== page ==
Yes as PeterSik says. I had the same problem a few years ago, tried to start bike it turned over a few times on the starter and then fired up. Went to my destination and noticed clock and trip odometer had reset. Next time I came to start it, turned over slowly and then nothing. Battery dead. Tried charging still no good. Replaced battery and everything is now good. 👍. Frec 🇬🇧
When there is a momentary loss of electrical power the gauges reset. The most common cause is one end of the POS or NEG battery cable is a bit corroded or loose. The NEG cable connects to the frame near the oil filler cap, be gentle and after cleaning go light on the torque, just settle the cable ends until flat then apply some pressure then add a little bump.
Okay, I checked the battery connections, cleaned the terminals, too. Resting voltage is 13.6, draws down to about 10-12 volts on cranking.
The interesting thing is that I never have used the kill switch to shut the bike off until this morning. After cranking a few times the engine fired and I used it to shut off the engine. That is when I heard the Clicking sound, seemed to be coming from around the front area near the headlight?! Anyway, the power was still on and as long as it stayed on the clicking continued. Shut off power by the key and that was that.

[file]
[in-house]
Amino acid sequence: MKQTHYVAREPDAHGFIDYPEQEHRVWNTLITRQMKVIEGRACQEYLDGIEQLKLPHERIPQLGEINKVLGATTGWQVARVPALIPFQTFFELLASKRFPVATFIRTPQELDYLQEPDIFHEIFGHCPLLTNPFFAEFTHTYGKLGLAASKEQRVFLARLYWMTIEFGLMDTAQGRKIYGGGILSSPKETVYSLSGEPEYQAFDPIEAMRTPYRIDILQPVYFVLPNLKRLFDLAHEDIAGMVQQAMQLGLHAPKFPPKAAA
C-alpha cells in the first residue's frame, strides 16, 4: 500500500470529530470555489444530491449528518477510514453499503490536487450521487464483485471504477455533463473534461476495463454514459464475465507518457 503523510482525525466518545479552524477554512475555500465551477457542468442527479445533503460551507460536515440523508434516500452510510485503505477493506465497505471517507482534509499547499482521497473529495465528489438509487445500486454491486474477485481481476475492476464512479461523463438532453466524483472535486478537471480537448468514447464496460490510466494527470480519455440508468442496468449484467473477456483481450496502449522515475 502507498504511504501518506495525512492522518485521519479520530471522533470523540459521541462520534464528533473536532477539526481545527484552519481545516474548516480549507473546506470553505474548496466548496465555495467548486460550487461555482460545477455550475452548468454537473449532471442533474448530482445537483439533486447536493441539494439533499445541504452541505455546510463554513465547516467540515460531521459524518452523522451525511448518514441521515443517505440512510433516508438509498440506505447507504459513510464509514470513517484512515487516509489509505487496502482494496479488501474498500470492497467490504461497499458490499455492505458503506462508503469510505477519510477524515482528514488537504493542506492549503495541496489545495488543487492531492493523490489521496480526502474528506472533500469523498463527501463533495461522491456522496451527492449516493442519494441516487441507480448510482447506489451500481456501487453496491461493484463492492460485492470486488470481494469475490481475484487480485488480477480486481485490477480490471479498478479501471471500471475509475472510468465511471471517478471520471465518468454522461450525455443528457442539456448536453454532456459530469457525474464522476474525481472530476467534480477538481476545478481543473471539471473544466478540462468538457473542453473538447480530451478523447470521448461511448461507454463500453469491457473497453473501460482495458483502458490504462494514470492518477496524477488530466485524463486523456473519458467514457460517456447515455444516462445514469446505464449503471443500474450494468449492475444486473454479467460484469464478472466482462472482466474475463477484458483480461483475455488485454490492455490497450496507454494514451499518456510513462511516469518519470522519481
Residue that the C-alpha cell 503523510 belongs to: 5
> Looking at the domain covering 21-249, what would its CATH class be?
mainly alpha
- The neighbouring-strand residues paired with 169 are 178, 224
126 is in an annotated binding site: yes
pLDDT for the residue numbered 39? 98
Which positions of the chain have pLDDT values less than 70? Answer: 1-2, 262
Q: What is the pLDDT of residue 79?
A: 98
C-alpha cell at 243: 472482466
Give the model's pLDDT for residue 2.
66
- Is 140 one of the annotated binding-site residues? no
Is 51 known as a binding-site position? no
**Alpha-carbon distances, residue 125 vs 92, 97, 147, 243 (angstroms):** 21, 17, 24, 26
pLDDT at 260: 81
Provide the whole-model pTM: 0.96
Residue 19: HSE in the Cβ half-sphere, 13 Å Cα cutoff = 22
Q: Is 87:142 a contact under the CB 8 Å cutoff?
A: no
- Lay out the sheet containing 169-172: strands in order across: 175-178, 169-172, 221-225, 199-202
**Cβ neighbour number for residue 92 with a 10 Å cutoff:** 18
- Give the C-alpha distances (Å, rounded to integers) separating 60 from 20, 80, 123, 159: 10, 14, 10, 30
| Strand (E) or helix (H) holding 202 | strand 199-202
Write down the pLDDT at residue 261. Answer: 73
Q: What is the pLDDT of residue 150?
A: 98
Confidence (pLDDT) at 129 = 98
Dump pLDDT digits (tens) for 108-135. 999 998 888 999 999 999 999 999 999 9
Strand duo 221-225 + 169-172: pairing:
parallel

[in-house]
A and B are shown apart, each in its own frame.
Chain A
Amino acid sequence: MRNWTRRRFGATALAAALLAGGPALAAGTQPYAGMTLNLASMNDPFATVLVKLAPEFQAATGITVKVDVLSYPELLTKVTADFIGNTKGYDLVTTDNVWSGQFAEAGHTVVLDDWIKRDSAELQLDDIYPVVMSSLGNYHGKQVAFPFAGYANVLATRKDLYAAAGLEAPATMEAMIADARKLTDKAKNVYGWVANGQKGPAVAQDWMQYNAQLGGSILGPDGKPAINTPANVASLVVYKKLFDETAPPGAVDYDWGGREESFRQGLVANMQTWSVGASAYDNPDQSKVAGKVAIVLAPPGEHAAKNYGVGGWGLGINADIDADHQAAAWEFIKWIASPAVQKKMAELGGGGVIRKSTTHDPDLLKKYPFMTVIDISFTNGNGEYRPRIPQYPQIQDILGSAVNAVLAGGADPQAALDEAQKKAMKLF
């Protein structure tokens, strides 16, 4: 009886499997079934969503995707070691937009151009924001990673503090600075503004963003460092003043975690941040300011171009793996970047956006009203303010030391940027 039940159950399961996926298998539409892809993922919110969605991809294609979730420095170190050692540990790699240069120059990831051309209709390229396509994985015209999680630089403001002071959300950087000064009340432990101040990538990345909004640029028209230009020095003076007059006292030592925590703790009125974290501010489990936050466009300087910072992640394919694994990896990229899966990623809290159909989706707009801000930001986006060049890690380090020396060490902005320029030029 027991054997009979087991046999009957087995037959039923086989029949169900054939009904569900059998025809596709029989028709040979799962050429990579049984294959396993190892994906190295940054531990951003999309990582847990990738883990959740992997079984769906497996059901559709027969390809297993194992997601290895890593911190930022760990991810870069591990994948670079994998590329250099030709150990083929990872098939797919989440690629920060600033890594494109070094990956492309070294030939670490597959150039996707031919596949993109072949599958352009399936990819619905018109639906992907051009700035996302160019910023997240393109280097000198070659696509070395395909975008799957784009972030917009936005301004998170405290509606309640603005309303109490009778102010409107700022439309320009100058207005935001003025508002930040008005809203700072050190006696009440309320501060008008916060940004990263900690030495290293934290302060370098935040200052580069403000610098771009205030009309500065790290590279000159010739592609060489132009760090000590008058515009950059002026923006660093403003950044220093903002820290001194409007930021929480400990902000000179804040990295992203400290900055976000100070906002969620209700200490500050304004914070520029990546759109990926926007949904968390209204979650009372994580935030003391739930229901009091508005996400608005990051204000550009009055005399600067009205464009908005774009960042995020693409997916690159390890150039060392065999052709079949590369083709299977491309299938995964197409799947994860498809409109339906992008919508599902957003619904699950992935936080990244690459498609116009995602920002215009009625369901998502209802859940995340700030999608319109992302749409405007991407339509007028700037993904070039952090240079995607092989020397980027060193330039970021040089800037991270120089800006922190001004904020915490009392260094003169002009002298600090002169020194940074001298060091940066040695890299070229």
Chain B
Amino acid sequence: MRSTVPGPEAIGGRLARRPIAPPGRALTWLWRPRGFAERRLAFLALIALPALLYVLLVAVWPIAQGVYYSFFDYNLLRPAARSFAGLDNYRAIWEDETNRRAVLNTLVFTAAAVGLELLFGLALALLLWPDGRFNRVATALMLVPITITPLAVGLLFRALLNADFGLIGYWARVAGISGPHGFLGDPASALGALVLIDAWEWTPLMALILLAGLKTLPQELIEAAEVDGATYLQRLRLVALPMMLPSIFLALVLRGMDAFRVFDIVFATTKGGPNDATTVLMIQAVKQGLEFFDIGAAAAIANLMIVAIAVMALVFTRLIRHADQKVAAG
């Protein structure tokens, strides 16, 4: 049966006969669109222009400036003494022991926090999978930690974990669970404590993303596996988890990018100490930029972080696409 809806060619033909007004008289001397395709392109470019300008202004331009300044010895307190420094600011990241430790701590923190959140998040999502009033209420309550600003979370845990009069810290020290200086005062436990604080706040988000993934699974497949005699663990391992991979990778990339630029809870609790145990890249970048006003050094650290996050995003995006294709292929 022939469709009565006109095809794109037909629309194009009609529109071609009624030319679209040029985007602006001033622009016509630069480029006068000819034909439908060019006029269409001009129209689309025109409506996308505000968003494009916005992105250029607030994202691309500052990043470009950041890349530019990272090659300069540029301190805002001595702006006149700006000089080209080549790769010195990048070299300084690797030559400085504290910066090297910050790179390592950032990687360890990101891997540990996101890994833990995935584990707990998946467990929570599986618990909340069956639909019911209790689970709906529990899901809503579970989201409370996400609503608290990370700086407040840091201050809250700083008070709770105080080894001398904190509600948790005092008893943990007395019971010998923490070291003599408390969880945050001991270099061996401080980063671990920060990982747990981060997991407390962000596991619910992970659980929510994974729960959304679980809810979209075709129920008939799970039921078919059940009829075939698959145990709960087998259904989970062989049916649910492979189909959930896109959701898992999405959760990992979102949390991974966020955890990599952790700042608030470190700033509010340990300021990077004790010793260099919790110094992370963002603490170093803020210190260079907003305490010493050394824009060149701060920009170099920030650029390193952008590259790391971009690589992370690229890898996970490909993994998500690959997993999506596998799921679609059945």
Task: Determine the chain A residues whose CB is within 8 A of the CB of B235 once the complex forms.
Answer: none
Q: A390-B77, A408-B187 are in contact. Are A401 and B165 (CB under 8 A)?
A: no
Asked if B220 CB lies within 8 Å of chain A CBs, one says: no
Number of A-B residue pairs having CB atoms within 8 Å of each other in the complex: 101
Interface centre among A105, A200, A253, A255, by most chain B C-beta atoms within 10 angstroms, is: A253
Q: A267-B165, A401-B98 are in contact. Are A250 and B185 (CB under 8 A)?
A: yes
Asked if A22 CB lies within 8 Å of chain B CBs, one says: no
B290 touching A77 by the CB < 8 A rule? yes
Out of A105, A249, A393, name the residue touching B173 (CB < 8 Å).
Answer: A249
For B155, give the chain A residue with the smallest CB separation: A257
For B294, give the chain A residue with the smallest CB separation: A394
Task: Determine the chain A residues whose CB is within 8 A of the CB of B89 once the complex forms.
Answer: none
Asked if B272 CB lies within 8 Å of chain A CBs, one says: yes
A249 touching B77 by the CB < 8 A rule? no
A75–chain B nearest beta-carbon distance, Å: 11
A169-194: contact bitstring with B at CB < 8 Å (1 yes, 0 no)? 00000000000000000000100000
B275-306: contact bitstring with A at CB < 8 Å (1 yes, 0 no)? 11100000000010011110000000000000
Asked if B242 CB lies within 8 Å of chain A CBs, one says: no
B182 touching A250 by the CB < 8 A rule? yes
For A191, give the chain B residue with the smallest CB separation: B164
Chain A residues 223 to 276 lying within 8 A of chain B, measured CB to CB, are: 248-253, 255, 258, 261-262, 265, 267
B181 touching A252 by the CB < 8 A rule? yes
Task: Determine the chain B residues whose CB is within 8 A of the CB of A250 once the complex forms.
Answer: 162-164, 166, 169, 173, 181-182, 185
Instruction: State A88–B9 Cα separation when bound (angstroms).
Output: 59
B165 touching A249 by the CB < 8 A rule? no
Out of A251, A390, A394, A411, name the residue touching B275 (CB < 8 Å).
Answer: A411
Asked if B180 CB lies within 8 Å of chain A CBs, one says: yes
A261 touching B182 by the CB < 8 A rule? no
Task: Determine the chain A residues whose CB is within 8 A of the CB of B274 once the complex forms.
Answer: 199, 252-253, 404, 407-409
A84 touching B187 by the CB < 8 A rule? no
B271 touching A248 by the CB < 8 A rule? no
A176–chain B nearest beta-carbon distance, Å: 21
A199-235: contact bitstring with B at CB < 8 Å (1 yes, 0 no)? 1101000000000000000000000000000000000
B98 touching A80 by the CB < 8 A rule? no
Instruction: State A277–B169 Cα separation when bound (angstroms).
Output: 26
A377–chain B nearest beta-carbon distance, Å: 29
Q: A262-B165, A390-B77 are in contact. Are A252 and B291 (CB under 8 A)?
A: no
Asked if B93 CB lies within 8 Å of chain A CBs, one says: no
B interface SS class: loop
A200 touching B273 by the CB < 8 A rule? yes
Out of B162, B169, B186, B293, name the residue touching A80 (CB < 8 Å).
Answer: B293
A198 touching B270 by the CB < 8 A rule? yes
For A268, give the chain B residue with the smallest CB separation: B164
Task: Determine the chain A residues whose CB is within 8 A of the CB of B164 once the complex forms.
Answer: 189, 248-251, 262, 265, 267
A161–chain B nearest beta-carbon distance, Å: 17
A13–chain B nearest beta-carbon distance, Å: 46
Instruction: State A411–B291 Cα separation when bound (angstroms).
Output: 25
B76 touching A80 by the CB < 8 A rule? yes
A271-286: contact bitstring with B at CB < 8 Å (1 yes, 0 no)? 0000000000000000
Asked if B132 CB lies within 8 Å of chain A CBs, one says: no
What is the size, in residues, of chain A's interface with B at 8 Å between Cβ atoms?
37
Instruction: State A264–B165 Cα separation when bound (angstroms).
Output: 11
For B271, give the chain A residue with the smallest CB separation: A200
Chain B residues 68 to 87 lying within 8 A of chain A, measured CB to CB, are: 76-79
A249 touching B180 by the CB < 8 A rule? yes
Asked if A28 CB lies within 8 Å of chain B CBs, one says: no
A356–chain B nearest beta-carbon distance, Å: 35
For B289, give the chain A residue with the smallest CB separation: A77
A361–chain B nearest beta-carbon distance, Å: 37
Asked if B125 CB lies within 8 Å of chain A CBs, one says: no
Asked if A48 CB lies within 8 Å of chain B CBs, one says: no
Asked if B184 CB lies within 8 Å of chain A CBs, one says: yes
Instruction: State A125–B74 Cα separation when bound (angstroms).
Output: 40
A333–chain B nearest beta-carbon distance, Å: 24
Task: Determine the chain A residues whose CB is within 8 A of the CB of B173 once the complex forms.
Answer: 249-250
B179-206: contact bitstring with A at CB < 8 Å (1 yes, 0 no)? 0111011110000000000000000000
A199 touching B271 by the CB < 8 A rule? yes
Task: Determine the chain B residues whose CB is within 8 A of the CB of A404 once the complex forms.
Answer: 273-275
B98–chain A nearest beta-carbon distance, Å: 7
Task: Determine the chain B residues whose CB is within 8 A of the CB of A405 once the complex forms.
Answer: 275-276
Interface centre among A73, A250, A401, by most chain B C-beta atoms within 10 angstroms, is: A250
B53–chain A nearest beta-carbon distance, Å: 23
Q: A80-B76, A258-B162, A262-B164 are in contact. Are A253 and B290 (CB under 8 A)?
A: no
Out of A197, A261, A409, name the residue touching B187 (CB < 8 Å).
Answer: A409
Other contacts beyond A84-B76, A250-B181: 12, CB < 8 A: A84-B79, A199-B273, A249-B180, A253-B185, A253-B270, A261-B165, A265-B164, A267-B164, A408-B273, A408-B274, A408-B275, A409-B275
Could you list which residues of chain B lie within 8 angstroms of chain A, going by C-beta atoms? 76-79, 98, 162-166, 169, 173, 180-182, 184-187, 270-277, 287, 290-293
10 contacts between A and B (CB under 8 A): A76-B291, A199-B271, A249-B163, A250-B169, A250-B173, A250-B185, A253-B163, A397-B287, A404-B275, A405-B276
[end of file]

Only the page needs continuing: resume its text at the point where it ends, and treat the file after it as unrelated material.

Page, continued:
Interestingly, when I first turned power on by way of the key( no kill switch involved) earlier, I had no headlight power. But when I killed the engine by the kill switch later( when the clicking started) the headlight remained on as long as the key was turned to on. The battery is about a year and a half old. This hesitancy to turn over has been around since I bought the bike about a year ago. The odometer reset is a more recent phenomenon. By the way, when I turned the power on via the key this morning, the odometer reset. No load, no cranking, just power on. Any ideas? Thanks again.
 

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Discussion Starter · #7 ·
Addendum:
I keep this thing on a battery tender inside the garage when it is not ridden. And as you advised in a earlier response, I did check the negative ground by the oil fill cap. It was as tight as could be.